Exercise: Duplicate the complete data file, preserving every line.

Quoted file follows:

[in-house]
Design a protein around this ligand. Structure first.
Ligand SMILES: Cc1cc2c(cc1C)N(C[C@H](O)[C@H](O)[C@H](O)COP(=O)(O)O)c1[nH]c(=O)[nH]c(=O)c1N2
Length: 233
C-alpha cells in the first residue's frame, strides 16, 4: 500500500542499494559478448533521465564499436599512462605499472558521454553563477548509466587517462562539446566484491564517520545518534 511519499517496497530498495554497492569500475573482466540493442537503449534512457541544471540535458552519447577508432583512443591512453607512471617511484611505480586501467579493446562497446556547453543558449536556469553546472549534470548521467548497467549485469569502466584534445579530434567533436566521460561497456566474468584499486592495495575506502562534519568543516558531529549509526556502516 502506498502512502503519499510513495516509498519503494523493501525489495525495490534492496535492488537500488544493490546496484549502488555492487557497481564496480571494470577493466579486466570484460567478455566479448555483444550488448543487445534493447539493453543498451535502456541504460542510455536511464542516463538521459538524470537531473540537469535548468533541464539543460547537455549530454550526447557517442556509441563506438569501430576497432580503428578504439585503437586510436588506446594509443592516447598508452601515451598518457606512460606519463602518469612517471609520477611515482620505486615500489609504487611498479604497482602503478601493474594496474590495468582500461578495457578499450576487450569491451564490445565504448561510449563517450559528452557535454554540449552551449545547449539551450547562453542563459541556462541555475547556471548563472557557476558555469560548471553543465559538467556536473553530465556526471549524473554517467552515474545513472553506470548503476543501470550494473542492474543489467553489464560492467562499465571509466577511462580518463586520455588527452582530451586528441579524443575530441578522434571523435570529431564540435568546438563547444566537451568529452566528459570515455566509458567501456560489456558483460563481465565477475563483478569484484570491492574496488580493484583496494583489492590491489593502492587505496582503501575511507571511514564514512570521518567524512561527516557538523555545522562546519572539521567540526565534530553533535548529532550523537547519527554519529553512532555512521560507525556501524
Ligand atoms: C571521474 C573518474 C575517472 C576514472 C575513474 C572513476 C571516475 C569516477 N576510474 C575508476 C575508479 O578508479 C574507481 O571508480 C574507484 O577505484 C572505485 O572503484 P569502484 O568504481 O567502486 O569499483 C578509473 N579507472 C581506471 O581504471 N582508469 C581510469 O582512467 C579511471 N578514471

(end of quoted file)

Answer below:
[in-house]
Design a protein around this ligand. Structure first.
Ligand SMILES: Cc1cc2c(cc1C)N(C[C@H](O)[C@H](O)[C@H](O)COP(=O)(O)O)c1[nH]c(=O)[nH]c(=O)c1N2
Length: 233
C-alpha cells in the first residue's frame, strides 16, 4: 500500500542499494559478448533521465564499436599512462605499472558521454553563477548509466587517462562539446566484491564517520545518534 511519499517496497530498495554497492569500475573482466540493442537503449534512457541544471540535458552519447577508432583512443591512453607512471617511484611505480586501467579493446562497446556547453543558449536556469553546472549534470548521467548497467549485469569502466584534445579530434567533436566521460561497456566474468584499486592495495575506502562534519568543516558531529549509526556502516 502506498502512502503519499510513495516509498519503494523493501525489495525495490534492496535492488537500488544493490546496484549502488555492487557497481564496480571494470577493466579486466570484460567478455566479448555483444550488448543487445534493447539493453543498451535502456541504460542510455536511464542516463538521459538524470537531473540537469535548468533541464539543460547537455549530454550526447557517442556509441563506438569501430576497432580503428578504439585503437586510436588506446594509443592516447598508452601515451598518457606512460606519463602518469612517471609520477611515482620505486615500489609504487611498479604497482602503478601493474594496474590495468582500461578495457578499450576487450569491451564490445565504448561510449563517450559528452557535454554540449552551449545547449539551450547562453542563459541556462541555475547556471548563472557557476558555469560548471553543465559538467556536473553530465556526471549524473554517467552515474545513472553506470548503476543501470550494473542492474543489467553489464560492467562499465571509466577511462580518463586520455588527452582530451586528441579524443575530441578522434571523435570529431564540435568546438563547444566537451568529452566528459570515455566509458567501456560489456558483460563481465565477475563483478569484484570491492574496488580493484583496494583489492590491489593502492587505496582503501575511507571511514564514512570521518567524512561527516557538523555545522562546519572539521567540526565534530553533535548529532550523537547519527554519529553512532555512521560507525556501524
Ligand atoms: C571521474 C573518474 C575517472 C576514472 C575513474 C572513476 C571516475 C569516477 N576510474 C575508476 C575508479 O578508479 C574507481 O571508480 C574507484 O577505484 C572505485 O572503484 P569502484 O568504481 O567502486 O569499483 C578509473 N579507472 C581506471 O581504471 N582508469 C581510469 O582512467 C579511471 N578514471